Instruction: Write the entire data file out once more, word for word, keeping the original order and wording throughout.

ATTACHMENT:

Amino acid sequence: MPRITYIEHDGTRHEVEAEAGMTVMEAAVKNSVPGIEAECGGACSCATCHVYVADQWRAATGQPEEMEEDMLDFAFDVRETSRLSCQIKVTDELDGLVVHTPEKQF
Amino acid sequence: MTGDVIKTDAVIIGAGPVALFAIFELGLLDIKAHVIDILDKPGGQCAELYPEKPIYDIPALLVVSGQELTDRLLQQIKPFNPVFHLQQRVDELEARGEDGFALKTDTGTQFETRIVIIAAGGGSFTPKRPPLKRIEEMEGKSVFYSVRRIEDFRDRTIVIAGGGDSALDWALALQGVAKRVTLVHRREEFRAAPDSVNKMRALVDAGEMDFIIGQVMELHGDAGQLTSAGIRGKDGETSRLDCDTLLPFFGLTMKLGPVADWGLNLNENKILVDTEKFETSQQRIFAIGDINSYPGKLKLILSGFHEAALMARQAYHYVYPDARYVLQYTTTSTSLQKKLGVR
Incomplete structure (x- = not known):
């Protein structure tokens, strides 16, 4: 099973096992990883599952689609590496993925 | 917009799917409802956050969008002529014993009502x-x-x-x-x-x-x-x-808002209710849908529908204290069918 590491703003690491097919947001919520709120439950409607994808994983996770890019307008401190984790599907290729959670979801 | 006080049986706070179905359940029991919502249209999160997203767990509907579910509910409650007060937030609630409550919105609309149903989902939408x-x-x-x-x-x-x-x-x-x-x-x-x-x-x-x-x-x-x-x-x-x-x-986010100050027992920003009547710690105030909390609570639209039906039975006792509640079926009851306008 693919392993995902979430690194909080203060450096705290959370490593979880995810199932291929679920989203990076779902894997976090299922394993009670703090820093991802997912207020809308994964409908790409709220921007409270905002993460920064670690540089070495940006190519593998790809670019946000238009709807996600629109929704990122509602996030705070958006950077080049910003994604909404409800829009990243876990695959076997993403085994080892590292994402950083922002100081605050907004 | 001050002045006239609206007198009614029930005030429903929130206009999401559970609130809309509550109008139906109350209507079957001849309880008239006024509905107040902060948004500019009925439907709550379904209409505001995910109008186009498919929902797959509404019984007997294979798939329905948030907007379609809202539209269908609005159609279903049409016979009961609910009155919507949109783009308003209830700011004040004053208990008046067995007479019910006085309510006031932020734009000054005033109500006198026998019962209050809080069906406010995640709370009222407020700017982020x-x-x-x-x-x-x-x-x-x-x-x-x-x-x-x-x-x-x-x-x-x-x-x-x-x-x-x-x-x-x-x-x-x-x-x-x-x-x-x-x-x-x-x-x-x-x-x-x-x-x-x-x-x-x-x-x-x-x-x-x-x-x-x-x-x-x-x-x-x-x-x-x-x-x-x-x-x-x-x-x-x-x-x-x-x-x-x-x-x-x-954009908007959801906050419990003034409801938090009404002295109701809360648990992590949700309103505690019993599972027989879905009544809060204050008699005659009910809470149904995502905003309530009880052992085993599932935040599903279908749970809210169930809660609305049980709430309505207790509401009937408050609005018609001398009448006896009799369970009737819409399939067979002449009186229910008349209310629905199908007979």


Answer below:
Amino acid sequence: MPRITYIEHDGTRHEVEAEAGMTVMEAAVKNSVPGIEAECGGACSCATCHVYVADQWRAATGQPEEMEEDMLDFAFDVRETSRLSCQIKVTDELDGLVVHTPEKQF
Amino acid sequence: MTGDVIKTDAVIIGAGPVALFAIFELGLLDIKAHVIDILDKPGGQCAELYPEKPIYDIPALLVVSGQELTDRLLQQIKPFNPVFHLQQRVDELEARGEDGFALKTDTGTQFETRIVIIAAGGGSFTPKRPPLKRIEEMEGKSVFYSVRRIEDFRDRTIVIAGGGDSALDWALALQGVAKRVTLVHRREEFRAAPDSVNKMRALVDAGEMDFIIGQVMELHGDAGQLTSAGIRGKDGETSRLDCDTLLPFFGLTMKLGPVADWGLNLNENKILVDTEKFETSQQRIFAIGDINSYPGKLKLILSGFHEAALMARQAYHYVYPDARYVLQYTTTSTSLQKKLGVR
Incomplete structure (x- = not known):
């Protein structure tokens, strides 16, 4: 099973096992990883599952689609590496993925 | 917009799917409802956050969008002529014993009502x-x-x-x-x-x-x-x-808002209710849908529908204290069918 590491703003690491097919947001919520709120439950409607994808994983996770890019307008401190984790599907290729959670979801 | 006080049986706070179905359940029991919502249209999160997203767990509907579910509910409650007060937030609630409550919105609309149903989902939408x-x-x-x-x-x-x-x-x-x-x-x-x-x-x-x-x-x-x-x-x-x-x-986010100050027992920003009547710690105030909390609570639209039906039975006792509640079926009851306008 693919392993995902979430690194909080203060450096705290959370490593979880995810199932291929679920989203990076779902894997976090299922394993009670703090820093991802997912207020809308994964409908790409709220921007409270905002993460920064670690540089070495940006190519593998790809670019946000238009709807996600629109929704990122509602996030705070958006950077080049910003994604909404409800829009990243876990695959076997993403085994080892590292994402950083922002100081605050907004 | 001050002045006239609206007198009614029930005030429903929130206009999401559970609130809309509550109008139906109350209507079957001849309880008239006024509905107040902060948004500019009925439907709550379904209409505001995910109008186009498919929902797959509404019984007997294979798939329905948030907007379609809202539209269908609005159609279903049409016979009961609910009155919507949109783009308003209830700011004040004053208990008046067995007479019910006085309510006031932020734009000054005033109500006198026998019962209050809080069906406010995640709370009222407020700017982020x-x-x-x-x-x-x-x-x-x-x-x-x-x-x-x-x-x-x-x-x-x-x-x-x-x-x-x-x-x-x-x-x-x-x-x-x-x-x-x-x-x-x-x-x-x-x-x-x-x-x-x-x-x-x-x-x-x-x-x-x-x-x-x-x-x-x-x-x-x-x-x-x-x-x-x-x-x-x-x-x-x-x-x-x-x-x-x-x-x-x-954009908007959801906050419990003034409801938090009404002295109701809360648990992590949700309103505690019993599972027989879905009544809060204050008699005659009910809470149904995502905003309530009880052992085993599932935040599903279908749970809210169930809660609305049980709430309505207790509401009937408050609005018609001398009448006896009799369970009737819409399939067979002449009186229910008349209310629905199908007979």